I have been yearning for butter ever since I saw Julie & Julia a few days ago.
From the first moment that I saw Meryl Streep as Julia Child drop a slab of butter onto a pan, my deep, deep hunger began.
It’s made me request extra pats of garlic butter to perch atop my steak in a French bistro and slather it so generously on bread that you could have omitted the bread and, honestly, I would not have noticed.
But, as Julia supposedly said, “With enough butter, anything is good.”
And it was this very spirit that led me to finally get off my tush and make the Nutella dessert that I had pledged to do when I signed up for The Nutella Challenge. (It’s a little exercise created by Paula at Bell’Alimento in which dozens of amateur bakers have agreed to come up with a dessert starring Nutella.)
(Hard life he has, right?)
One of my favorite cookies to make, especially for dinner parties, is a thin chocolate cookie that’s a little crunchy and coated with confectioner’s sugar.
I decided to see if I could make a version with Nutella and candied ginger, which is an ingredient I love to add to cookies or cakes for extra kick.
It turns out, Nutella in cookie dough can be a tricky thing.
For starters, it’s goopy. (Yes, that’s now an official baking term.)
And it’s a slightly oily kind of goopy. So this instantly makes a cookie dough more runny than usual versions.
Then, you also have to deal with the fact that every time you take some out of the jar, you find yourself reaching back in to oh, have just one more teeny tiny spoonful of Nutella because it Just. Smells. So. Good.
But I digress.
I put the dough in the fridge, then the freezer, to harden it a little but it was still fairly soft. I decided to proceed anyhow, to see how things turned out. I made little balls of dough, rolled them in confectioner’s sugar and popped them into the oven.
The end product wasn’t pretty — the balls had flattened out into super-thin rounds that looked like crispy lace cookies. And the confectioner’s sugar had melted unevenly, making my cookies look like they were dotted with inexplicable white growths.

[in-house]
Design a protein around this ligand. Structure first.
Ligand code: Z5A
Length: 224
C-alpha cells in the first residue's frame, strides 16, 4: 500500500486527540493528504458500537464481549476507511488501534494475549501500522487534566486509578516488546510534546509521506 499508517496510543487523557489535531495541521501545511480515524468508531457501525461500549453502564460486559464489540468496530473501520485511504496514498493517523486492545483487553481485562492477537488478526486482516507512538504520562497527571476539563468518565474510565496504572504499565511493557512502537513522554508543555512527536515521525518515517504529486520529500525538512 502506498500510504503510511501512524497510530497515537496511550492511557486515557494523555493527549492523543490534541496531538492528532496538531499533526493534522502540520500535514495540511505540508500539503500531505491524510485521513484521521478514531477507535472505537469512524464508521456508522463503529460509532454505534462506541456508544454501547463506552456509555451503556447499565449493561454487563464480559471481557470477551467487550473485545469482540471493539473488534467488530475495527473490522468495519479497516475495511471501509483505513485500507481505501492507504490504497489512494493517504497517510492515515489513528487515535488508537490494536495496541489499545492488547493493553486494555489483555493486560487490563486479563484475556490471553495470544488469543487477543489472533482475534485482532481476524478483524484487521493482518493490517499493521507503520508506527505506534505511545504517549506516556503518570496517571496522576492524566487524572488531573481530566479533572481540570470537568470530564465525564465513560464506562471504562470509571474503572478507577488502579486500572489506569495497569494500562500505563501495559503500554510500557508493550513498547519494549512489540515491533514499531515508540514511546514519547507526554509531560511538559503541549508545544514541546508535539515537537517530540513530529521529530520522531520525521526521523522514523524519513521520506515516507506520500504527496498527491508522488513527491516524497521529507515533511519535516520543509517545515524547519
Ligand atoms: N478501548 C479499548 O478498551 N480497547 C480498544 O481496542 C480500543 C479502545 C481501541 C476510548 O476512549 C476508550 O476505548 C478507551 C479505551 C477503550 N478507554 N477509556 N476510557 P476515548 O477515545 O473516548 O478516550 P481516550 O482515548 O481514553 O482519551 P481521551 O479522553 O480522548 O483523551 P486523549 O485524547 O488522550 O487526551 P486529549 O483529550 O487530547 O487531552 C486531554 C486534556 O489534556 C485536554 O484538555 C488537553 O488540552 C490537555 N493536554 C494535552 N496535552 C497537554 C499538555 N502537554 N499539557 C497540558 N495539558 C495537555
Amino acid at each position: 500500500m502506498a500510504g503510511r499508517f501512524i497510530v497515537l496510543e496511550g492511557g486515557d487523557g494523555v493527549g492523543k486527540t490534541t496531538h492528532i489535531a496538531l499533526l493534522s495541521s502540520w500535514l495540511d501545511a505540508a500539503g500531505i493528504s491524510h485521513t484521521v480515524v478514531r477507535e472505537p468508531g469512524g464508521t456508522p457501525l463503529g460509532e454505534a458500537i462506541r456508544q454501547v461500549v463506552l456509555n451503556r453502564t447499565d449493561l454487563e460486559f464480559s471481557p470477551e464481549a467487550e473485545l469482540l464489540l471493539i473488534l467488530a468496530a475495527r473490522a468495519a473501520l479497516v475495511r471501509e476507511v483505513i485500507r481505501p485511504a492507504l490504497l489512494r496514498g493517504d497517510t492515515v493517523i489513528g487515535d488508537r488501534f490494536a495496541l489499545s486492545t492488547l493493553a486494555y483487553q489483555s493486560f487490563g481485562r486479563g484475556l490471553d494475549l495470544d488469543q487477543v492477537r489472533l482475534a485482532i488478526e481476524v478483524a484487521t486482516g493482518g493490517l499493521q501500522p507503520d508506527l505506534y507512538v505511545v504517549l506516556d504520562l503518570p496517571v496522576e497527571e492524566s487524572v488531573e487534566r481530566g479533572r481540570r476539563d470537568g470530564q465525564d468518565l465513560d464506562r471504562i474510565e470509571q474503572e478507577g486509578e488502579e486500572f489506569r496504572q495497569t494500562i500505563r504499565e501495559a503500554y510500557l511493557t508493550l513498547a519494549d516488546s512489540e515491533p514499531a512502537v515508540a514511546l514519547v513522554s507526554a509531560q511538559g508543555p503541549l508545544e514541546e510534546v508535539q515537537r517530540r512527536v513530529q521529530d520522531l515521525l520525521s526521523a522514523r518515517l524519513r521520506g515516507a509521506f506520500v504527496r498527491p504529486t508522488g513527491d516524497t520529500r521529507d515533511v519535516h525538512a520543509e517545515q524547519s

Not what I had envisioned. I was so horrified by their lack of pulchritude that I didn’t even consider taking a picture.
Mike, on the other hand, was thrilled with the smells that were wafting all around him. As soon as they cooled, he ate one, ran to the kitchen for a glass of milk, and then ate another. And another.
So maybe they weren’t quite the failure I’d thought they were. I’m not sure I would whole-heartedly recommend them but I liked the combination of Nutella and ginger and thought the cookies tasted fine. (Although, I’ll probably add some cocoa powder and up the candied ginger amount the next time I make them. And if anyone has any tips on making the dough less runny, I’m all ears.)
But Mike had no issue with the cookies — he heartily ate his way through more that same evening and had some for breakfast the next day.
So Julia was right about that butter bit, after all.
Cheryl’s Nutella-Ginger Cookies
- A stick and a half (12 TB) of butter
- 1 cup Nutella
- 2 cups all-purpose flour
- 1 cup sugar
- 2 large eggs, lightly beaten
- 2 teaspoons vanilla extract
- 1 teaspoon baking soda
- 1/4 cup candied ginger, finely chopped (Add more if you like ginger.)
- 1/2 teaspoon salt
- 1/2 cup cocoa powder, optional
- At least 1/2 cup of confectioner’s sugar for dusting
Melt butter and stir in Nutella. Let mixture cool before stirring in sugar and then beating in eggs and vanilla. Sift together flour, baking soda, salt and cocoa powder, if adding, and slowly add flour mixture to liquid mixture, stirring it all together.
Refrigerate dough for at least an hour. If dough is still soft, stick it in the freezer for a little.
Heat oven to 375 degrees F. Form dough into scant 3/4-inch balls and place them at least two to three inches apart on a parchment-lined cookie sheet. (Note: Like lace cookies, these will really spread so make sure you place them far enough apart that they won’t all melt together.)
Bake for about 10 minutes and let cookies cool on sheets for three minutes after removing them from the oven. Then transfer them to a cooling rack, dust them with confectioner’s sugar and then let them cool completely.